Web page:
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from the American Academy of Orthopaedic Surgeons

Diseases & Conditions



Staying Healthy

Fitness for Kids

Fitness levels among kids are on the decline. Only one in four American schoolchildren gets an adequate amount of physical activity each day and the number of overweight children is growing rapidly.

Children should get at least 35 to 60 minutes of exercise each day. Without it, they can miss their chance to build the strong bones they will need later in life.

Bones grow in size and strength during childhood. The bone mass gained through physical activity during childhood helps determine how healthy bones will be throughout life.

Physical Activity Is Important

If you want strong bones, you have to use them. Like muscle, bone is living tissue that responds to exercise by becoming stronger. 

Weight-Bearing Activity

During physical activity, bones and muscles work against gravity. This occurs with any type of  weight-bearing exercise, including walking, jogging, dancing, and team sports like basketball and soccer. These activities cause bones to build more cells and become stronger. Everyone needs weight-bearing exercise throughout their whole life.

Cardiovascular Activity

In addition to building stronger bones, regular physical activity also strengthens the heart and lungs. It lowers blood pressure, improves muscle strength and flexibility, reduces stress and depression, helps control weight, and improves sleep.

Boy playing video games

By limiting your time in front of a computer or television, you may find that you naturally become more physically active.

© GettyImages/monkeybusinessimages

A Healthy Diet Is Important

Childhood is a critical time for developing dietary habits that support bone health. Calcium is an important ingredient in healthy bones. Osteoporosis is a disease that can develop later in life as a result of not getting enough calcium during the growing years. 

Young people can help avoid osteoporosis by putting "deposits" of at least 1,300 mg of calcium each day into their "bone banks." Calcium comes in dairy foods. These include milk; yogurt and cheese; and green, leafy vegetables, like spinach and broccoli.

Getting Started

Getting started is the toughest step in any exercise program — but it is the most important step. Slow and steady is the best way to begin to improve general fitness. 

  • Start with a variety of physical activities.
  • Choose fun activities throughout the year.
  • Take plenty of time to get ready. Warming up before exercise gets your body ready to be active. Do walking, bending, and gentle stretching exercises. Flexibility exercises will help avoid injuries. Here are some simple stretching exercises that can be used to warm up: Flexibility Exercises for Young Athletes.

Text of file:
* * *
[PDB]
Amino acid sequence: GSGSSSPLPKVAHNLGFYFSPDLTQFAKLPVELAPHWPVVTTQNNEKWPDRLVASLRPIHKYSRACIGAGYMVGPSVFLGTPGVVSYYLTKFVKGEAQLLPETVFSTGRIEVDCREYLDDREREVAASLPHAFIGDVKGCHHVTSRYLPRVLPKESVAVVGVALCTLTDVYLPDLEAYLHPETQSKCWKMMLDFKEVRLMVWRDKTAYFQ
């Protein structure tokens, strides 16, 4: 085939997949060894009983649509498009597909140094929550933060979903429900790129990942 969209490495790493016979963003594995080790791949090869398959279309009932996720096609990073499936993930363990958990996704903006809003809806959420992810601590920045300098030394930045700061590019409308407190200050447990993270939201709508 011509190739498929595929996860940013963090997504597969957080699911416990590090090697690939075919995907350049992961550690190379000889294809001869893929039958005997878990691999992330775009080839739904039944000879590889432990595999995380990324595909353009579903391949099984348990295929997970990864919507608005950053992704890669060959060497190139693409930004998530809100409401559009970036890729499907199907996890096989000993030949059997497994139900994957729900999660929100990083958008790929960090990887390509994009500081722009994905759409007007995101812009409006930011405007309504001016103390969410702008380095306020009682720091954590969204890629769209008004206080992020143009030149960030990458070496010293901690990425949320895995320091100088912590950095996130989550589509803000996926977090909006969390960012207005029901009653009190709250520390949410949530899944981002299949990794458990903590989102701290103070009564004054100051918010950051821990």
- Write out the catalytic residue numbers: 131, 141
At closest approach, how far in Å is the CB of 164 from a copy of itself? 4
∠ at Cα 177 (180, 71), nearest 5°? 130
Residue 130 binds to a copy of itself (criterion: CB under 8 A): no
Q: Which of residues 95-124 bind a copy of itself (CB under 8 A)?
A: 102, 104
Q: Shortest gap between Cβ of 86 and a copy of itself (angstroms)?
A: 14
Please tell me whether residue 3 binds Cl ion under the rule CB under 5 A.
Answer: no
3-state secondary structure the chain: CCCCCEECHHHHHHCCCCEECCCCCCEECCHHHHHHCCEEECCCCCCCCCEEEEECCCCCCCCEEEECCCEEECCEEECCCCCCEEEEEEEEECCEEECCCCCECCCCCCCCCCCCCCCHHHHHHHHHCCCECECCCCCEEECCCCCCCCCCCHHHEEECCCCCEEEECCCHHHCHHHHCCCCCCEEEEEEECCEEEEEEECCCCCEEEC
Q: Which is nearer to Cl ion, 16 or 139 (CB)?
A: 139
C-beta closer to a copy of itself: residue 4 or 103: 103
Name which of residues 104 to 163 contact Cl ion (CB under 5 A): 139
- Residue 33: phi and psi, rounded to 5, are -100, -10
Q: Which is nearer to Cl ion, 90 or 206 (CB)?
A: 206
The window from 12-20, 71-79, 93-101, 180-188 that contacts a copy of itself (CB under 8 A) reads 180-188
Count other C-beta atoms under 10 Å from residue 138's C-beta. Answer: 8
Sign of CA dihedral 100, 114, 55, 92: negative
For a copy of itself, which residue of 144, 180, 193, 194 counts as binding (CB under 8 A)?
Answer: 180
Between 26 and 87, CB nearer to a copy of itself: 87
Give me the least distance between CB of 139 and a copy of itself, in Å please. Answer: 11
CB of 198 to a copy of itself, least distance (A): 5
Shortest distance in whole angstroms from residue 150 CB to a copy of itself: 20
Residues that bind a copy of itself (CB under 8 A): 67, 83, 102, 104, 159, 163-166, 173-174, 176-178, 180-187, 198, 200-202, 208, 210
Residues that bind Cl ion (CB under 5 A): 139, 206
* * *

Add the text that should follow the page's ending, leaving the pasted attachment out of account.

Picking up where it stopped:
• Sure and steady. Work toward fitness goals gradually.

Tips for Kids

  • Plan to be active for at least 35 minutes each day. This can be broken up into shorter periods. Try 15 minutes of walking and 20 minutes of sports.
  • Keep a daily activity log of minutes spent on activity. To build strength in legs, hips and the lower spine, try brisk walking, jogging, or hiking.
  • Exercise can be fun. Try sports (like soccer, baseball, and basketball), dancing, step aerobics, stair climbing, tennis and other racquet sports, skiing, skating, karate, or bowling.

Tips for Parents

  • Exercise can be fun! Put the emphasis on fun rather than on winning.
  • Be a role model. Join children for a bike ride, a ball game, or a long walk.
  • Use physical activity as a reward. Plan a family trip to the park.
  • Make exercise part of everyone's daily routine. Chores such as raking leaves, painting, or walking the dog are great ways to increase physical activity.
  • Schedule physical activity. Think about planning activities in 10- to 15-minute blocks of time throughout the day.
  • Make it easy to be active. Plan indoor areas for physical activity.
  • Make it fun to be active. Select toys and gifts that promote physical activity.

Last Reviewed

August 2020

AAOS does not endorse any treatments, procedures, products, or physicians referenced herein. This information is provided as an educational service and is not intended to serve as medical advice. Anyone seeking specific orthopaedic advice or assistance should consult his or her orthopaedic surgeon, or locate one in your area through the AAOS Find an Orthopaedist program on this website.